AG Nessel reaches settlement with MI utility company

Michigan

DETROIT, MI – OCTOBER 16: Dana Nessel, attorney for plaintiffs April DeBoer and Jayne Rowse, talks to the news media about U.S. District Judge Bernard Friedman’s decision today to send a case that could possibly have overturned Michigan’s ban on same-sex marriages to trial instead of making an immediate ruling on the matter in a hearing at the U.S. Courthouse October 16, 2013 in Detroit, Michigan. The lawsuit was brought by April DeBoer and Jayne Rowse, a gay couple who are raising three adopted children together. Michigan passed a constitutional amendment in 2004 that defined marriage as being between a man and a woman. (Photo by Bill Pugliano/Getty Images)

LANSING, Mich. (WLNS) — Following Attorney General Dana Nessel’s intervention in a rate case with the Michigan Public Service Commission (MPSC), a settlement approximately 40% lower than the requested increase rate.

I’m pleased with this settlement outcome, which both reduces the burden consumers will ultimately feel while implementing new assistance options. My office will continue to advocate for consumers in a way that prioritizes utility customers over company shareholders.”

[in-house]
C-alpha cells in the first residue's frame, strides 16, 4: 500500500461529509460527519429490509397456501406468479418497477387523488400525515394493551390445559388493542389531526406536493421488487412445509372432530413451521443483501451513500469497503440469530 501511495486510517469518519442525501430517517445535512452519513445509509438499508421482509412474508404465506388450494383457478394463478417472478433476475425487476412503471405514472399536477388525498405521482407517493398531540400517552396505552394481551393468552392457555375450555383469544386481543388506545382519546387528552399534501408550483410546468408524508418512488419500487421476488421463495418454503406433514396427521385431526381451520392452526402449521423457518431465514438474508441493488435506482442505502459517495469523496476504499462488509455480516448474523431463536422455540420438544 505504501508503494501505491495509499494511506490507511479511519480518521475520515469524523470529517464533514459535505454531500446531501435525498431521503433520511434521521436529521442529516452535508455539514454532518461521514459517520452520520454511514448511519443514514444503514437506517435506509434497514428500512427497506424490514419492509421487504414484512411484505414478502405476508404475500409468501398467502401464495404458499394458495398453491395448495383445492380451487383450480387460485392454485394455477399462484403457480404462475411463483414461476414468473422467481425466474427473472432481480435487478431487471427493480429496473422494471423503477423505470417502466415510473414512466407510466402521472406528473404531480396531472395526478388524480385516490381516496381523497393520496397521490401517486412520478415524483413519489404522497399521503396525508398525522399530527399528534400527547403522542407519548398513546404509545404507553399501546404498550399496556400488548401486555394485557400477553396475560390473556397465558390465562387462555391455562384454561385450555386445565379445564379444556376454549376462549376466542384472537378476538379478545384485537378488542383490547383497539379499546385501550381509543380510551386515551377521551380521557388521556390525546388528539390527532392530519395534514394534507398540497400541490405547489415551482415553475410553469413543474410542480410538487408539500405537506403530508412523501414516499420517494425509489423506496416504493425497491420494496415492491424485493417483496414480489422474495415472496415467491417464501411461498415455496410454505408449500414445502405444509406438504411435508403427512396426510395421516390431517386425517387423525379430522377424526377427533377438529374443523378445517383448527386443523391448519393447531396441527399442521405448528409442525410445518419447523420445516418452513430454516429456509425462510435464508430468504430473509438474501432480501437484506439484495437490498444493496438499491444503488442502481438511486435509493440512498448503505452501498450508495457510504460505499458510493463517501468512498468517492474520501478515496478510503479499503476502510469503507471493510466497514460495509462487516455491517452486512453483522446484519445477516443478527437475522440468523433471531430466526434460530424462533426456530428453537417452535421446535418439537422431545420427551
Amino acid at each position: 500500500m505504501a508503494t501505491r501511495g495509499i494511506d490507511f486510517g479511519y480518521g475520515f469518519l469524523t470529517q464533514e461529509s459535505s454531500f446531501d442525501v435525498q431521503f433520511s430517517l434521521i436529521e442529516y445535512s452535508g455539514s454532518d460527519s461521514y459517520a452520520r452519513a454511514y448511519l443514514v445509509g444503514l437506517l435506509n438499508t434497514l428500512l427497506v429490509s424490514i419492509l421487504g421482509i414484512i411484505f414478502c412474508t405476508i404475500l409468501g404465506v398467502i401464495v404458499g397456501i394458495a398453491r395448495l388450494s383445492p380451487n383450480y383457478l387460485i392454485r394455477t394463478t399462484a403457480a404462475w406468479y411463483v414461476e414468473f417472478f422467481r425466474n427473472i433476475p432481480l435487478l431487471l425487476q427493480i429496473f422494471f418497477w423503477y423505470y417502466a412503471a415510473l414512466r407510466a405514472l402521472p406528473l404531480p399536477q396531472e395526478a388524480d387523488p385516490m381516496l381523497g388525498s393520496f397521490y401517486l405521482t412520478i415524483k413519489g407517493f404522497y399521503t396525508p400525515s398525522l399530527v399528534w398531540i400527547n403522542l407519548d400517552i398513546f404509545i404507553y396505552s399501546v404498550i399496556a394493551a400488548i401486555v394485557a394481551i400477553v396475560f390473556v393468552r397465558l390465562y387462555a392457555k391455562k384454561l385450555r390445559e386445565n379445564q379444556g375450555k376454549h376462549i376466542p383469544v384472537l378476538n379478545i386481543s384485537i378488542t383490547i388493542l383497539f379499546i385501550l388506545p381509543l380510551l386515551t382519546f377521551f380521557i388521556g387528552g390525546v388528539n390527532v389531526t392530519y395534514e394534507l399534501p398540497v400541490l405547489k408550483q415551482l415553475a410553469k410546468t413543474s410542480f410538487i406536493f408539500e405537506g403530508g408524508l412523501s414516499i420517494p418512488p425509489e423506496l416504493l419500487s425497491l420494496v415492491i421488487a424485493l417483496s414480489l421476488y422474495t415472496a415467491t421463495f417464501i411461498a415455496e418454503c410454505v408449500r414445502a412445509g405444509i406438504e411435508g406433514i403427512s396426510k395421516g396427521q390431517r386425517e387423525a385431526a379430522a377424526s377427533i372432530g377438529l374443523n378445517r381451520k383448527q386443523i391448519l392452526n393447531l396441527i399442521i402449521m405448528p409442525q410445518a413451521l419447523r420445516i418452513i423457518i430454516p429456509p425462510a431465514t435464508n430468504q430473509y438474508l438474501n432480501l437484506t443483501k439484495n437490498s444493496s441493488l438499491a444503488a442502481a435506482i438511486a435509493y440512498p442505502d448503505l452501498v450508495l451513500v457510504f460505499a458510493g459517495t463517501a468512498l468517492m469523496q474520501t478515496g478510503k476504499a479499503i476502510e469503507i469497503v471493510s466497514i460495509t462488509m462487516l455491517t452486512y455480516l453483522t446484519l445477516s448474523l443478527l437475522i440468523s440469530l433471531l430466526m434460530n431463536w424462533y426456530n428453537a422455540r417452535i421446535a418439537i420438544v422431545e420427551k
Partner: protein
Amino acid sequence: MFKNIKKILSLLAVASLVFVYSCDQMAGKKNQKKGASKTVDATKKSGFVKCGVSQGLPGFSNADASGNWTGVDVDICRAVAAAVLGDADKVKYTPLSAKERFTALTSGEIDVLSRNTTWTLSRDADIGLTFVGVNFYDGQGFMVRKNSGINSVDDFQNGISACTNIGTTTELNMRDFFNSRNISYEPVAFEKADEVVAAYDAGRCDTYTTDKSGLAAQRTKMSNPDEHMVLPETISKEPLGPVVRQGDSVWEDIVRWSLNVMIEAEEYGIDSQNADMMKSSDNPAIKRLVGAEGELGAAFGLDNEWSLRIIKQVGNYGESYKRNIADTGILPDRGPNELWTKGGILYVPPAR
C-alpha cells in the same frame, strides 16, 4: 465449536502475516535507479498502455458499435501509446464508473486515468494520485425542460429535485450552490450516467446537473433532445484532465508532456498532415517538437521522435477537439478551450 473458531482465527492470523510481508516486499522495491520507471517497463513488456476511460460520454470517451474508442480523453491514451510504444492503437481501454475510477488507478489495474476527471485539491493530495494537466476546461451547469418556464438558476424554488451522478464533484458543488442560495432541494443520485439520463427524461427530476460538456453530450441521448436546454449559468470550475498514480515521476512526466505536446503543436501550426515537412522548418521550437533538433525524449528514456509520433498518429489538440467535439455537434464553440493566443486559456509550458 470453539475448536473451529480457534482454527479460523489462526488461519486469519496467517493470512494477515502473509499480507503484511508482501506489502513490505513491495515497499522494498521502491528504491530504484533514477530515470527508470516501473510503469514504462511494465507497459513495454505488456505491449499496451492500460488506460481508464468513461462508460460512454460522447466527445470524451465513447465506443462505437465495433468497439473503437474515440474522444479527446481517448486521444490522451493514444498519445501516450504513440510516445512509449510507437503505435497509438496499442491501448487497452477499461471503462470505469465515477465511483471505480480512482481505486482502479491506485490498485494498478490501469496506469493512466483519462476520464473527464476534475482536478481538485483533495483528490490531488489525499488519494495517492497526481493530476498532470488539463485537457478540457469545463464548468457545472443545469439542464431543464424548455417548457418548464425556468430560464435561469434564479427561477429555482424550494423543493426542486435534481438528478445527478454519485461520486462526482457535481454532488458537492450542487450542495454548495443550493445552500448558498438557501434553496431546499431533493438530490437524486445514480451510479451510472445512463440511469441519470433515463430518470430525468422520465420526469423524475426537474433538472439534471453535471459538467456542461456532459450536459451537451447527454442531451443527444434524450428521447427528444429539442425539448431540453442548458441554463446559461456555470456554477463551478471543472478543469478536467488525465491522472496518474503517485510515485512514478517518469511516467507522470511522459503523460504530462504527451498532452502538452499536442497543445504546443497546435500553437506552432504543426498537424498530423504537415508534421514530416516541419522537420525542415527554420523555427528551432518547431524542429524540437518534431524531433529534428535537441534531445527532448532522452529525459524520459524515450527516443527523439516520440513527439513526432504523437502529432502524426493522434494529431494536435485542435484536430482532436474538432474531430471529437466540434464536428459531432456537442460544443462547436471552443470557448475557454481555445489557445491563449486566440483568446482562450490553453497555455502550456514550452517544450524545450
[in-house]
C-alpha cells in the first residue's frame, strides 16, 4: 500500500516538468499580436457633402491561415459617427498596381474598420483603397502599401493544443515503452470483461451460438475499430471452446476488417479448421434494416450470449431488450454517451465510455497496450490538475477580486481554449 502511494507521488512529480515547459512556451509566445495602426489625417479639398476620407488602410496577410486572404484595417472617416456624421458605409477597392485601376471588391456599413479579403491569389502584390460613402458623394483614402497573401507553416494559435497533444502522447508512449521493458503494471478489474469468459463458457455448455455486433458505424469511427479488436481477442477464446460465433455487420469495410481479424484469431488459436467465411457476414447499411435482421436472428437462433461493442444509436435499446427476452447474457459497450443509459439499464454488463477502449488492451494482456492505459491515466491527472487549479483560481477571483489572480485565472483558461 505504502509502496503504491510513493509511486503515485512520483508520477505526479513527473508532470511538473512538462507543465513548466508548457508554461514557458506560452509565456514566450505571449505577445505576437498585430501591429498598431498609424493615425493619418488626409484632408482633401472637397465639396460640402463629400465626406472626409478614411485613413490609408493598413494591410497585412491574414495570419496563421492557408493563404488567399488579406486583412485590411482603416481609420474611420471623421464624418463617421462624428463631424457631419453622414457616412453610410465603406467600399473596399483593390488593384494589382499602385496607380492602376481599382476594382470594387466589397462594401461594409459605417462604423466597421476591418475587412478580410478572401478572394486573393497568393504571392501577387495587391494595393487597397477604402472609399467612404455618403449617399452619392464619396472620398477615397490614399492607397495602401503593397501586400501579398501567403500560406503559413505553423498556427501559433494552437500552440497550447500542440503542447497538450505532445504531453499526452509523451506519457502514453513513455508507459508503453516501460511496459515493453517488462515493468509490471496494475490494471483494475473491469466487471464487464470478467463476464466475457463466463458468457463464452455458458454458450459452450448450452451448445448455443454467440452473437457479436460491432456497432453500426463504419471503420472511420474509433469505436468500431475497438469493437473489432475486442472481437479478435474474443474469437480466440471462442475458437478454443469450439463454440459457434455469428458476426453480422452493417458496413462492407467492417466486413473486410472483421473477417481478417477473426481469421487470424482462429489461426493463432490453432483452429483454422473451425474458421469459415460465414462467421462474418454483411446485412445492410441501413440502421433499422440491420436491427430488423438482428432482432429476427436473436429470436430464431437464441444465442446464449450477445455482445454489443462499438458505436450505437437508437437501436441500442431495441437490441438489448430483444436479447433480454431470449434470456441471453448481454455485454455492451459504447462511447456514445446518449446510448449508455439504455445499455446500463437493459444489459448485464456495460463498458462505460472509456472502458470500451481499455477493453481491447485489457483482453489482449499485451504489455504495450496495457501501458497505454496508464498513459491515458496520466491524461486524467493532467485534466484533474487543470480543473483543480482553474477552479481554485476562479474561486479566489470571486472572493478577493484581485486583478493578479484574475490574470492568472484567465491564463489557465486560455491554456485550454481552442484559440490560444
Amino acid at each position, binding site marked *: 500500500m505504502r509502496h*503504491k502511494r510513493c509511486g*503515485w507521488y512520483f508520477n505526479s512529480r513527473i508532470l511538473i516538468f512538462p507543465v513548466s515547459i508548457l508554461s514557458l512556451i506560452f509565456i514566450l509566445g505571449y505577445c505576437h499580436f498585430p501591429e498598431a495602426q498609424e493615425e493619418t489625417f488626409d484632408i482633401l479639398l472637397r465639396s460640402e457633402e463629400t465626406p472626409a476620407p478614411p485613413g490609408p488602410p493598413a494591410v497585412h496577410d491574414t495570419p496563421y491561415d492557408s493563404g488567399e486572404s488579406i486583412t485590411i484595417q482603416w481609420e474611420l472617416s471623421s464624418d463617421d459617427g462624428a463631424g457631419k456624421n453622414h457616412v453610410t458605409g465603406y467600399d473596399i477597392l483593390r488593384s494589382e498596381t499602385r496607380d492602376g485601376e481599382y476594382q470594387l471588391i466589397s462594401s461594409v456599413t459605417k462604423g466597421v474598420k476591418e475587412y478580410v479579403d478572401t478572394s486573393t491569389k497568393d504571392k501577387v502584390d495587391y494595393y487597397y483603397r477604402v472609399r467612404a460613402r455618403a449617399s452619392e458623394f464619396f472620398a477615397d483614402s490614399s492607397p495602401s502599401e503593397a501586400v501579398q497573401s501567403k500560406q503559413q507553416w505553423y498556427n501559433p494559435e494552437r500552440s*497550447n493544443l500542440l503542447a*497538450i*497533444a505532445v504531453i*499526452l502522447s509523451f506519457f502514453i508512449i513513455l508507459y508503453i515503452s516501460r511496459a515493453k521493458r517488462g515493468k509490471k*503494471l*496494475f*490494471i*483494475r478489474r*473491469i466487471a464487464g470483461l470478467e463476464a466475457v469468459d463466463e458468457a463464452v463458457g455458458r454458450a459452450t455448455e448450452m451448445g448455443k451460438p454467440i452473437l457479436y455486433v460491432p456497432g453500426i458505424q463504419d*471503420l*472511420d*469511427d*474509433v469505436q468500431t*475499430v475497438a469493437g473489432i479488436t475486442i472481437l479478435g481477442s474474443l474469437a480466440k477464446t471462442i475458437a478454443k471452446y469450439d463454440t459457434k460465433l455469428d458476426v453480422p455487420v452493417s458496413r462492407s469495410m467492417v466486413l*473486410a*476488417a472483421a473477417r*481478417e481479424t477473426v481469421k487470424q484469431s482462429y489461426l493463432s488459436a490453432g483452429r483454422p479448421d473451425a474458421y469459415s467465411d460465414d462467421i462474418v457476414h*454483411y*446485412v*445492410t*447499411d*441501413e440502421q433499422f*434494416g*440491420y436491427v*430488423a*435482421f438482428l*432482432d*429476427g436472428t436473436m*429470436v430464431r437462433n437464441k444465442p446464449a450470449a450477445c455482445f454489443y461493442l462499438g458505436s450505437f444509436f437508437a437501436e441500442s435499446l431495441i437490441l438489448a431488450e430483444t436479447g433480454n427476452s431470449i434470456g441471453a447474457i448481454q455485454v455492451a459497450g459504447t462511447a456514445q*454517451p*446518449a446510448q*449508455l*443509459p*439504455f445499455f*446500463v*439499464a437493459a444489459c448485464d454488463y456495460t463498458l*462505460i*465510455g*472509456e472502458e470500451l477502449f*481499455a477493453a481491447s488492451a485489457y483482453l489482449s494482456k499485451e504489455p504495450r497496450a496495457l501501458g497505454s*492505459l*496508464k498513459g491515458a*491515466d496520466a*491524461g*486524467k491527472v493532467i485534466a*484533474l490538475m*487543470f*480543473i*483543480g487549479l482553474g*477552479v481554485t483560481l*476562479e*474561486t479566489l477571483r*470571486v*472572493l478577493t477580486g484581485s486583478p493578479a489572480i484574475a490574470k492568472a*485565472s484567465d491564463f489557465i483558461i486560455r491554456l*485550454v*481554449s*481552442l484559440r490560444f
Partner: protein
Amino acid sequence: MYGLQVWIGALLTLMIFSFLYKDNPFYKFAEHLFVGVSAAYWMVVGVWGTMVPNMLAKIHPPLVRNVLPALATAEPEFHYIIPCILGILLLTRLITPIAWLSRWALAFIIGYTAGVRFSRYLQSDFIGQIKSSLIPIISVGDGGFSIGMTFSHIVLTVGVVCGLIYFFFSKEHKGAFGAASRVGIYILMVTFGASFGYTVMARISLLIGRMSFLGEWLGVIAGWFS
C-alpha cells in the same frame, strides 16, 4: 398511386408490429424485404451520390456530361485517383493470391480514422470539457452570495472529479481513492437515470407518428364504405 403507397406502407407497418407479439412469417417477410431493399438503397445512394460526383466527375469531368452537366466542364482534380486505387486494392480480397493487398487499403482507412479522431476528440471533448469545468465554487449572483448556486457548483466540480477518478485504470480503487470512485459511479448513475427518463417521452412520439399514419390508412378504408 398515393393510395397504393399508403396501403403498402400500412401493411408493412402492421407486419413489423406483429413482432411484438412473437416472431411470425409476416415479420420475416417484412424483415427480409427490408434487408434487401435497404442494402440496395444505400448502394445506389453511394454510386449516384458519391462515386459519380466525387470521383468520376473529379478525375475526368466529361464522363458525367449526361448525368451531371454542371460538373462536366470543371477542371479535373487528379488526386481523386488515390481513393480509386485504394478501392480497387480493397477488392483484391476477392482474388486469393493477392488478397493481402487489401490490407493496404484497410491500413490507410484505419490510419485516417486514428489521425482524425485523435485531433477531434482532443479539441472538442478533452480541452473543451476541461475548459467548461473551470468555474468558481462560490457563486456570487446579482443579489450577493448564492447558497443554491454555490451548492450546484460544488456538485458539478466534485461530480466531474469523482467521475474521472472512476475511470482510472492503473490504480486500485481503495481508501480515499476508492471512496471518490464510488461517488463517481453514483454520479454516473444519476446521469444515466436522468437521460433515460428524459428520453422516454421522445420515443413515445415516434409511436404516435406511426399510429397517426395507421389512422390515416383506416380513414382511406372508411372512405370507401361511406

Attorney General Dana Nessel

The $9.25 million settlement was approved by the MPSC last week.

According to a release from AG Nessel, the rate increase is 4.9% higher for residential customers rather than the requested 8.2% increase.

The approved settlement also includes: 

  • implementation of a new low-income senior bill assistance program that will provide bill credits of $6.50 a month
  • a residential income allowance of $13 a month 
  • a low-income allowance credit of $30 a month 
  • a $100,000 shareholder donation to give grants to customers at 150% of the federal poverty level to eliminate outstanding debt, which will be set up by the end of this month. 

In March, the Michigan Gas Utility Company filed its application for a natural gas rate increase before the MPSC. MGUC provides natural gas service to roughly 181,000 customers across areas of the southern and western Lower Peninsula. 

The utility’s last rate increase was in 2015, meaning much of the increase is based on inflation and increases in labor force costs. 

This settlement is Nessel’s latest advocacy before the MPSC, which regulates the state’s utility companies.  

Last month, Nessel presented a feedback form that has focused on power companies amid the outages that occured last month. As of now, the form has more than 4,200 responses.

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